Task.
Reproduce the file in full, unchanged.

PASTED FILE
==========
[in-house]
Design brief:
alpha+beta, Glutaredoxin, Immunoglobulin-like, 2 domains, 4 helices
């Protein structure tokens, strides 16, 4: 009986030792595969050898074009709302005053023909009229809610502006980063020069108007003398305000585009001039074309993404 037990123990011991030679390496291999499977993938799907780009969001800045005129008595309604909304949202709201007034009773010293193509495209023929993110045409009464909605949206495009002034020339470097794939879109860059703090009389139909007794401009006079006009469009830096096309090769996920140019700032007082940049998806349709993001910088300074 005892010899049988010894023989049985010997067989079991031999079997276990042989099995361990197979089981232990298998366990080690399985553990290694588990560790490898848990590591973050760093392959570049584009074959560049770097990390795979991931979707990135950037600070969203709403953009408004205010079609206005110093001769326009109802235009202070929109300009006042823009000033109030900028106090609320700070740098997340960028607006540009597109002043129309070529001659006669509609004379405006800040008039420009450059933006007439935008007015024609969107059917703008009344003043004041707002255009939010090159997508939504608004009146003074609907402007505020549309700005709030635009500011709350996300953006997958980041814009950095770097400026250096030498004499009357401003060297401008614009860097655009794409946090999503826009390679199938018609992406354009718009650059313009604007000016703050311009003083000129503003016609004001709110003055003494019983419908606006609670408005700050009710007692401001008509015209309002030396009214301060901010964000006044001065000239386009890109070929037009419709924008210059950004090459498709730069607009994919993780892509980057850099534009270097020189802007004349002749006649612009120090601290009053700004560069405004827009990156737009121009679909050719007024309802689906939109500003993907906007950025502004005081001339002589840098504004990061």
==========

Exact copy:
[in-house]
Design brief:
alpha+beta, Glutaredoxin, Immunoglobulin-like, 2 domains, 4 helices
């Protein structure tokens, strides 16, 4: 009986030792595969050898074009709302005053023909009229809610502006980063020069108007003398305000585009001039074309993404 037990123990011991030679390496291999499977993938799907780009969001800045005129008595309604909304949202709201007034009773010293193509495209023929993110045409009464909605949206495009002034020339470097794939879109860059703090009389139909007794401009006079006009469009830096096309090769996920140019700032007082940049998806349709993001910088300074 005892010899049988010894023989049985010997067989079991031999079997276990042989099995361990197979089981232990298998366990080690399985553990290694588990560790490898848990590591973050760093392959570049584009074959560049770097990390795979991931979707990135950037600070969203709403953009408004205010079609206005110093001769326009109802235009202070929109300009006042823009000033109030900028106090609320700070740098997340960028607006540009597109002043129309070529001659006669509609004379405006800040008039420009450059933006007439935008007015024609969107059917703008009344003043004041707002255009939010090159997508939504608004009146003074609907402007505020549309700005709030635009500011709350996300953006997958980041814009950095770097400026250096030498004499009357401003060297401008614009860097655009794409946090999503826009390679199938018609992406354009718009650059313009604007000016703050311009003083000129503003016609004001709110003055003494019983419908606006609670408005700050009710007692401001008509015209309002030396009214301060901010964000006044001065000239386009890109070929037009419709924008210059950004090459498709730069607009994919993780892509980057850099534009270097020189802007004349002749006649612009120090601290009053700004560069405004827009990156737009121009679909050719007024309802689906939109500003993907906007950025502004005081001339002589840098504004990061």